Maybe it’s different inland? Or maybe different up north? I certainly can’t speak for all of Sweden, but as you can see by Fred’s comment, and as my husband has confirmed for me, there is decidedly a portion of the population that is going au naturel.

  5. Bill Brindley
    March 6, 2013 at 12:02 am #

    Visste du berättat för din farmor mig “Har du aldrig låta Magnus flytta henne till Sverige”? Jag tror att hon trodde det skulle vara alltför konservativ och inneslutande. Kanske ett samhälle du skulle vara obekväma lever bland. Trots detta tror jag min mor, din mormor, gärna, ja stolt, av hur du har justerat och respekterade svenska traditioner och samhället och jag är säker på att din mamma skulle hålla med mig om att det har varit spännande för oss också. Vi är stolta över att berätta var du bor, vad du håller på med, och hur din och Magnus “familj kommer tillsammans. Jag kan tänka mig era inlaws närheten i Sverige och i mindre utsträckning på grund av avståndet, har mina släktingar i Sverige hjälpte denna justering. Jag vet för min del att när vi slutligen flyttade från Idaho tillbaka närmare de svenska släktingarna i Iowa, att från 12 på jag hört många svenska från människor som jag respekterade mycket. När Laverna avslöjade hennes reservationer T till mig att jag inte lovar att försöka hålla er i USA. Jag var ganska säker på att du skulle passa i fint. Bor i Sverige har öppnat oppotunities för dig och din familj, förmodligen mer så kan vi verkligen veta nu och det har öppnat en ny uppsättning kontakter för oss. Varje gång jag skriver i något liknande till Google Translate jag är imponerad mer med din prestation.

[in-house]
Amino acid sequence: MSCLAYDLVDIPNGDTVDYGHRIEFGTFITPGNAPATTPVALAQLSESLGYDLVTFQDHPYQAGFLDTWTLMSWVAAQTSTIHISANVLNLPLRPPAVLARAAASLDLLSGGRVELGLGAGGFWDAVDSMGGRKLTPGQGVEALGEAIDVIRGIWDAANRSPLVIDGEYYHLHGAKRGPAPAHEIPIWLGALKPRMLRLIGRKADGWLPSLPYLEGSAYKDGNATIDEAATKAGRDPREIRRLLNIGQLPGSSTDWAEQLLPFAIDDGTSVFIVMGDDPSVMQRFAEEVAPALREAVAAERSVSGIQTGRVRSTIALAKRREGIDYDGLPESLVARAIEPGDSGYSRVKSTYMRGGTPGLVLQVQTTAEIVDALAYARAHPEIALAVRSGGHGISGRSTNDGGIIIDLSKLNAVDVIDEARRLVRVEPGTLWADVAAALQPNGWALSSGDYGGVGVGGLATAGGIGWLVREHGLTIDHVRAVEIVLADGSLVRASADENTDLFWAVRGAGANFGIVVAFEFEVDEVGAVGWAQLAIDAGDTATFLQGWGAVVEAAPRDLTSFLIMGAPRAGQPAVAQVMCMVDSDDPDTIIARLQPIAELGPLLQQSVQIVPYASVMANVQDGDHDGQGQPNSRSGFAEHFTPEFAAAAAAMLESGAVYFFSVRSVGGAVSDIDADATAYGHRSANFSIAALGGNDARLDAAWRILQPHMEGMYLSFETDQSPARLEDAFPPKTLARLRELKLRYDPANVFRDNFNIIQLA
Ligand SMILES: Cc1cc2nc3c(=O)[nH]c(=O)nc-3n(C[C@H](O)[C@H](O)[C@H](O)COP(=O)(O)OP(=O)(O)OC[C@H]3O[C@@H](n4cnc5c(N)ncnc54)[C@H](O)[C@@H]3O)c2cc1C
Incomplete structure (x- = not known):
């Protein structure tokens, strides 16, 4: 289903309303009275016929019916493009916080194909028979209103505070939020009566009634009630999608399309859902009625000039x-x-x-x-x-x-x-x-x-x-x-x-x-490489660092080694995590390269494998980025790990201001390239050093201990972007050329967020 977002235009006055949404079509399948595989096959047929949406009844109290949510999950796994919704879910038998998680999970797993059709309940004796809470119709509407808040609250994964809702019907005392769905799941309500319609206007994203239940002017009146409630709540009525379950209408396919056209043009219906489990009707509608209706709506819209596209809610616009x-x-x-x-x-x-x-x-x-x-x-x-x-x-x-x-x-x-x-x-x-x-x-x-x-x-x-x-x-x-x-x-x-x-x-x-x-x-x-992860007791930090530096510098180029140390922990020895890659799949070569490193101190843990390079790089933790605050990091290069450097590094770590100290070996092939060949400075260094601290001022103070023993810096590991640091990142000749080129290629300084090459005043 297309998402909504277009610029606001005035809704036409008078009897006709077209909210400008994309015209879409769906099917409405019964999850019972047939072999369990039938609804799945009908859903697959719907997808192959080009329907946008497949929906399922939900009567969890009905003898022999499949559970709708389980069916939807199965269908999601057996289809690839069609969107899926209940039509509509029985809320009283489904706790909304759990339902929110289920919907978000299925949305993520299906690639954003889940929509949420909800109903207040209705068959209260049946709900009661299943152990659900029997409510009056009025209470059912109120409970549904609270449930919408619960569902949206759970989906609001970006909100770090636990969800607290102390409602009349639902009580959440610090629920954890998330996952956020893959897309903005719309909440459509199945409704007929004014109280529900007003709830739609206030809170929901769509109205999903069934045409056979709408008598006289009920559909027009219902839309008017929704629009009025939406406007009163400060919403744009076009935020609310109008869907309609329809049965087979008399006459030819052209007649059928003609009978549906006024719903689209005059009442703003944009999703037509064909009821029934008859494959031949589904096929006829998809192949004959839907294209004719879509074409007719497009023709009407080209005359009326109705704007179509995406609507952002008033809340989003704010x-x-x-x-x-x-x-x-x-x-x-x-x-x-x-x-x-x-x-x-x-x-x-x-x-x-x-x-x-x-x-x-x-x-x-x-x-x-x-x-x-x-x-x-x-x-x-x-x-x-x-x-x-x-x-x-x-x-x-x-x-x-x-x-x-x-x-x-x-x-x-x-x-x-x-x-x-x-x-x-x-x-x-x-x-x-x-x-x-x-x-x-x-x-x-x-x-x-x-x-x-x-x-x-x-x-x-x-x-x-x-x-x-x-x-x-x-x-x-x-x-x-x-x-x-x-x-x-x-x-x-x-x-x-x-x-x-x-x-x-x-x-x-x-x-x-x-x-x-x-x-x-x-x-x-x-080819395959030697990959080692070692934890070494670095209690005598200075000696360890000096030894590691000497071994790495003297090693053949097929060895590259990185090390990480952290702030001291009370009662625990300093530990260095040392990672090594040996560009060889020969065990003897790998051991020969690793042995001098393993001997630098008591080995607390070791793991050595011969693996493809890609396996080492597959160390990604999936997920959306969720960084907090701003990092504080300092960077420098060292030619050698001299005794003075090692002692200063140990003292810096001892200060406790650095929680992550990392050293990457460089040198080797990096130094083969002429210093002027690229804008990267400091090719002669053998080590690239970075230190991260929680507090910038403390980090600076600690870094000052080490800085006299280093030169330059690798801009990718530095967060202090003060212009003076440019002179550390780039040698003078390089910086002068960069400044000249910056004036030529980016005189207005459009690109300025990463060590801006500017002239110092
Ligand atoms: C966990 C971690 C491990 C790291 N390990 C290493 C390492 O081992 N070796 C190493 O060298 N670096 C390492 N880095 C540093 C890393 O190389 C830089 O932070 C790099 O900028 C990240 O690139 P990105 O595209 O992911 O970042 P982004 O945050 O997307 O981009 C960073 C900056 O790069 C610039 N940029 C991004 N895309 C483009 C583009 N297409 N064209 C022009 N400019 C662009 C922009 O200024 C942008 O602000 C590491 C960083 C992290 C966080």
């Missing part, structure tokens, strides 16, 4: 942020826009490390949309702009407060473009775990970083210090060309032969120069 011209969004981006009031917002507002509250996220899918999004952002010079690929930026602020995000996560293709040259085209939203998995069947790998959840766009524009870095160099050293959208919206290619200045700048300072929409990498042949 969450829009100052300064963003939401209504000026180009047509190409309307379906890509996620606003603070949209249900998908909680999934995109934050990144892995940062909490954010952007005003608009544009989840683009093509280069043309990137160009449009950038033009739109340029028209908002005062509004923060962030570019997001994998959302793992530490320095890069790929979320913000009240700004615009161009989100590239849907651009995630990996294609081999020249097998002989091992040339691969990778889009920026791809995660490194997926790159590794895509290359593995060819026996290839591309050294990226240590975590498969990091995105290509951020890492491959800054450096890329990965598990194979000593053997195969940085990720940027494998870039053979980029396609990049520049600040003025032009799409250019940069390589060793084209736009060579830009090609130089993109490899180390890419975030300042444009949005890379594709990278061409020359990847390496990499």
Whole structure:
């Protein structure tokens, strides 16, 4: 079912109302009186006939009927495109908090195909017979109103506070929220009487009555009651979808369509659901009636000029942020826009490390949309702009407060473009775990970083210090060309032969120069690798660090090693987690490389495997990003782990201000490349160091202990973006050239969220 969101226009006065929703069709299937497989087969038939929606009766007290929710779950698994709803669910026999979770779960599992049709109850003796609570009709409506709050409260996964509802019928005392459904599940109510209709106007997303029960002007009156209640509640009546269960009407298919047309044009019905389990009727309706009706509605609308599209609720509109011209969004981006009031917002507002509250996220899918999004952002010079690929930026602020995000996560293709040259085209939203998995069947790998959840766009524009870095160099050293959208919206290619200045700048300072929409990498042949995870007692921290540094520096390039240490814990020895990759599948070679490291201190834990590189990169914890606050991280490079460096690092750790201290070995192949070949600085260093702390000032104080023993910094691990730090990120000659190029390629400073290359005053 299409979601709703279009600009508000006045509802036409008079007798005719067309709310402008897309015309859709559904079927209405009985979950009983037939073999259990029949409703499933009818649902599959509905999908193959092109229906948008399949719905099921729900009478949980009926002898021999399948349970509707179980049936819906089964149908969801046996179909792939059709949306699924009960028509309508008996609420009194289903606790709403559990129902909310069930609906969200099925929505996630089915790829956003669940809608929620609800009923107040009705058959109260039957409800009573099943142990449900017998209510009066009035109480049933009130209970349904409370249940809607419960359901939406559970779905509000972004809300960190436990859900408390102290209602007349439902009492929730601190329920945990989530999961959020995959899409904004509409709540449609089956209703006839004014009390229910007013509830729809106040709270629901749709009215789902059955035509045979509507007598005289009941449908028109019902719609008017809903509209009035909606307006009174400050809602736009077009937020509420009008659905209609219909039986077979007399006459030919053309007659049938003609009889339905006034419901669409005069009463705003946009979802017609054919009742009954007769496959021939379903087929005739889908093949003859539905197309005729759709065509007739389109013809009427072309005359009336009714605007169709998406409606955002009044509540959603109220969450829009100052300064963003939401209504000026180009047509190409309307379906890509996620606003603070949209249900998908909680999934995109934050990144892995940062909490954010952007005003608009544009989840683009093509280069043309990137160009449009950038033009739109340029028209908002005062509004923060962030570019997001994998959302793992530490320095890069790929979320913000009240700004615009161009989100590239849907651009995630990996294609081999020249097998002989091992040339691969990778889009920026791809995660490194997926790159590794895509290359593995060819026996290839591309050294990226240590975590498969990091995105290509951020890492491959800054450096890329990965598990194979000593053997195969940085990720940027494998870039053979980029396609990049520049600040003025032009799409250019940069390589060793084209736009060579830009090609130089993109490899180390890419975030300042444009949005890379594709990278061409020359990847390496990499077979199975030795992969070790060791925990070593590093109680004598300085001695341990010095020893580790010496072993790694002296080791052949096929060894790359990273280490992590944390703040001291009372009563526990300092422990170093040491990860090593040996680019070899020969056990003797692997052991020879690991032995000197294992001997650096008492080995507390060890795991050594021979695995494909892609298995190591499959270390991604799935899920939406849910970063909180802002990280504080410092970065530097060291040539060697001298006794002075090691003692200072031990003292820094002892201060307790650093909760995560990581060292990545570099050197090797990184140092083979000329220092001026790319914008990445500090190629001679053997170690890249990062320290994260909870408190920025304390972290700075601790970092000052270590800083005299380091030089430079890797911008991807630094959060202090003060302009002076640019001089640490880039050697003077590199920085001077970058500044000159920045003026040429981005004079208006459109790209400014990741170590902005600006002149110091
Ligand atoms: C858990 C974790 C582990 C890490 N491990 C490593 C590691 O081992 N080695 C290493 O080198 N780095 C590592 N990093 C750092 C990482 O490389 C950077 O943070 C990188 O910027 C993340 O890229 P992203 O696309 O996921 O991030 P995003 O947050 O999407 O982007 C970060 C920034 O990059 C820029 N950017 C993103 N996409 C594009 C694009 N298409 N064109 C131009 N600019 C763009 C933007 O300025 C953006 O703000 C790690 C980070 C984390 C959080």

• March 12, 2013 at 9:29 pm #

      Ok dad, it kind of freaks me out when you do the google translate thing. 😉 But thanks for the nice comment.

  6. March 7, 2013 at 1:07 am #

    You really are a wonderful breath of fresh air! I love following your adventures!!!! 🙂

    • March 12, 2013 at 9:27 pm #

      Thanks Jen. That is a lovely comment, and this definitely still feels like an “adventure!”

  7. Caryn
    March 13, 2013 at 11:09 pm #

    I’ve been back in the US for almost a year now, after 10 months in Malmo, while my husband studied at Lund. I just wanted to thank you for being an easily accessible resource for me when I was there. I would have never tried making any Swedish food without your blog! I gave out recipes from your blog as Christmas presents this past year, along with the non perishable ingredients, so family would have an idea of the Swedish food traditions. My husband and I still make aggkaka for Sunday brunch at least once a month, and I’m determined to get it on the brunch menus here in Portland, OR. Thanks again, and congrats on your 5th year.

    • March 14, 2013 at 8:10 pm #

      Hello again! Many thanks for this truly lovely comment and for taking the time to write again now that you are back in the U.S. If we ever move back there, it will be to Portland, and I will look for äggakaka on the brunch menus! 🙂